• Globalized programs need to support a variety of cultural and linguistic conventions. The Win32 NLSAPI provides generic support for date, time, calendar, number, and currency formats, as well as for sorting, character typing, and character mapping.
  • The NLSAPI exists in two forms: ––A and ––W. Windows NT supports both sets of API entry points. Win32s and Windows 95 support the ––A versions.
  • The NLSAPI allows you to write generic code that will correctly display international data carried by the system, even if that information is added to the system after your application is complete.
  • The system carries default formatting information for date, time, currency, and numbers. The user can change some of the default settings using Control Panel.
  • Applications can customize date and time formats with picture strings. They can create custom number and currency formats using the system-defined NUMBERFMT and CURRENCYFMT structures.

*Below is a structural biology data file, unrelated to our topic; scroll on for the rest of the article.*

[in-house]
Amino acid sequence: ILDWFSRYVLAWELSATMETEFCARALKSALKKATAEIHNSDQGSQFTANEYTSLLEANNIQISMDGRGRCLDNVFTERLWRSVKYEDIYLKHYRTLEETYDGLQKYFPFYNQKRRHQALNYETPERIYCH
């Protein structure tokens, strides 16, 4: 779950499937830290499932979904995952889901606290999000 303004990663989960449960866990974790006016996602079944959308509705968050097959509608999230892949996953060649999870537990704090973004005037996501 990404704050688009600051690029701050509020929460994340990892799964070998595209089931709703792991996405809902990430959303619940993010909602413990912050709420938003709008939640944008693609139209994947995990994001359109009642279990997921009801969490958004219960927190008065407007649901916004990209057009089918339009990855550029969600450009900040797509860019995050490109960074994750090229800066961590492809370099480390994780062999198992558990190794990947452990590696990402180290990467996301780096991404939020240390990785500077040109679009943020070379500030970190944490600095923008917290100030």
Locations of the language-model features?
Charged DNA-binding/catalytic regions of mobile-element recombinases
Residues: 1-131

• You can tag document text streams with locale IDs, just as you would store font information. Your application can use these locale IDs when calling NLSAPI functions and when determining which algorithms to use for spelling and other text analysis.
  • Creating sort keys with LCMapString is a fast way to sort large sets of strings. Sort keys automatically handle locale-related idiosyncrasies.
  • When developing a single binary to run on Win32s, Windows 95, and Windows NT, be aware that there are slight variations in the national language support available on each platform.
  • The NLSAPI calls will help you write global code, but your application will probably require language-related adjustments that the NLSAPI does not address.